This might be the theory, but Bach himself stepped into a storm of controversy when in error, he called the people of Japan “Chinese”. The gaffe caused much ire from the Japanese, condemning it for lack of respect. Something of a wobble from the IOC president who was trying his best to walk a political and ethical tightrope.
But looking at the rule book of the IOC, the guidelines are very clear. Rule 50—introduced into the Olympic Charter in 1975—prohibits political “demonstration” and “propaganda,” including protests on both political issues and social issues.
What’s evident is that a lot of money rides on the Olympics. The IOC makes its money primarily from broadcasting and licensing deals. NBC has forked out $7.7 billion for broadcasting rights to the Olympic Games up until 2032. Advertising has also proved lucrative. Multinationals such as Coca-Cola, Alibaba, Visa and Samsung have paid out an estimated £1 billion to help fund the Beijing Olympics.
Drilling deeper, the IOC has revealed how much its members receive in funds. They don’t receive a salary but are given generous allowances and per diem payments. President Thomas Bach receives an annual sum of 225,000 euros ($242,000). The IOC also pays for his accommodation in a suite at the Lausanne Palace hotel, which can cost around £1,160 per night.
With such eye-watering amounts of cash at stake, this raises the question as to whether the IOC can be truly “politically neutral”, much as they want to be.
Governments have responded with diplomatic rather than economic boycotts. These have come from the US, UK and Canada, along with India, Australia, Lithuania, Kosovo, Belgium, Denmark and Estonia. No ministers or officials from these countries are attending, but they all have athletes competing.
It’s hard to see what, if any, effect the largely symbolic gesture of withdrawing diplomats from the Games has, apart from cutting down on the expense of sending officials overseas to stay in luxury hotels.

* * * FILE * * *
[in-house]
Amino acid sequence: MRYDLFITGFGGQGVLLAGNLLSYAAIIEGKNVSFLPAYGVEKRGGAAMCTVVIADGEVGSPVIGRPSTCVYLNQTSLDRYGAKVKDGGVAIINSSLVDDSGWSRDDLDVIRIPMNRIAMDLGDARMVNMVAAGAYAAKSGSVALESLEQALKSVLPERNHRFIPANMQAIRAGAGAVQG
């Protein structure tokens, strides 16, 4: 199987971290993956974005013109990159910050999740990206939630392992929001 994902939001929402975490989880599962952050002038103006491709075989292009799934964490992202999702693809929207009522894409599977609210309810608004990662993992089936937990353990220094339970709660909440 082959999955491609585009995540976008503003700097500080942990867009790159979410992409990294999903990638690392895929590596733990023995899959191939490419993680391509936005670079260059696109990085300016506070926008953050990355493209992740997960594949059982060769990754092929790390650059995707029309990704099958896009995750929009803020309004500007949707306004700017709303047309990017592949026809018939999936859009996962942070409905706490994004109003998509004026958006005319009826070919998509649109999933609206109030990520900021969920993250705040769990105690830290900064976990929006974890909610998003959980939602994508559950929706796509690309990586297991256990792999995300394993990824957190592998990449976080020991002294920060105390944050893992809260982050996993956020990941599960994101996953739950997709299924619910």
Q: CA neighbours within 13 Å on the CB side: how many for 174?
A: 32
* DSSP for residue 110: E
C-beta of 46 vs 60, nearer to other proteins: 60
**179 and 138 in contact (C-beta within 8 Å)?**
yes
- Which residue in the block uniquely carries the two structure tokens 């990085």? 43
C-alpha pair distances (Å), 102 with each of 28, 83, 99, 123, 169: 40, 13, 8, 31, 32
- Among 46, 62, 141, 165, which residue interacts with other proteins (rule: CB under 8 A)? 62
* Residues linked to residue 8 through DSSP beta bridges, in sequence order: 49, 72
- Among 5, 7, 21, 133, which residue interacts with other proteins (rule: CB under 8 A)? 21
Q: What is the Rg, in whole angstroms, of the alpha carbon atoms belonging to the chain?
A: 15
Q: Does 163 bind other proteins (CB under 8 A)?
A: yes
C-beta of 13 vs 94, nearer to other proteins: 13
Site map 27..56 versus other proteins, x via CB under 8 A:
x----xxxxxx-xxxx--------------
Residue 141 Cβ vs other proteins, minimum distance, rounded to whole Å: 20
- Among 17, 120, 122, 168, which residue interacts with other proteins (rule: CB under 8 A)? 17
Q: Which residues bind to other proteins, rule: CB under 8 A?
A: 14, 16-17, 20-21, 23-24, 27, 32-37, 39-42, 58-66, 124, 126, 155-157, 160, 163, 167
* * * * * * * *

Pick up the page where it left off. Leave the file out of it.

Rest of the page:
So, what does an effective boycott look like? The cause of Peng Shuai is a case in point. The former doubles world number one had posted on social media that she was sexually assaulted by an ex-senior member of the Communist Party. She subsequently disappeared and wasn’t seen in public for some time, leading to the hashtag ‘#WhereisPengShuai trending.
The Women’s Tennis Association (WTA) took affirmative action by suspending all matches in China until the Chinese government confirmed Peng’s safety. A bold move with the potential loss of millions in income, as China had become the WTA’s biggest market in recent times.
A 10-year deal with streaming platform iQiyi as its digital rights partner in China, was worth $120 million.
What effect this move by the WTA has had is difficult to quantify. What we do know is that Peng Shuai has reappeared, attending the Beijing Olympics, so that at least is proof of life. She has withdrawn the accusations of sexual assault, saying it was all a misunderstanding. But the journalist who interviewed Peng reported that it was impossible to say whether she can speak her mind openly or is being carefully stage-managed and scripted by the Chinese authorities.
Despite the avowed political neutrality of the IOC, the organisation has not always been a passive bystander.
Rule 50, which has been in the charter in some form since 1975, has been under increasing pressure to change. Times have moved on, with global protests against racial injustice, climate change and human rights abuses bringing political activism into the mainstream.
Under Rule 50 new guidance, athletes will be able to express their views on the field of play -before competitions. However, protests during competition, in the Olympic village and during ceremonies — which includes on the medal podium, as well as at the opening and closing ceremonies — will remain against Rule 50.
This was very different to the Mexico City Games in 1968. In one of the most iconic images of modern times, Tommie Smith and John Carlos raised their fists on the podium, holding up a black glove with bowed heads. They were protesting against the treatment of black Americans in the United States. As a consequence of their actions, they were promptly banned by the IOC and suspended from the US team. It was effectively the end of their careers. Back in the States, they received death threats and couldn’t find employment for seven years.
“The Olympics are inevitably a moment of passion and drama. That is to be celebrated,” says Kenneth Roth, executive director of Human Rights Watch. “But Beijing’s goal is to use them as a propagandist cover for repression.”
On a positive and more optimistic note, times are changing. The IOC has received the message loud and clear that the organisation needs to embrace people’s right to protest. The sports federation has created a human rights policy for host cities, although we will have to wait for this to come into action at the Paris Games in 2024 and the Milan 2026 Olympics.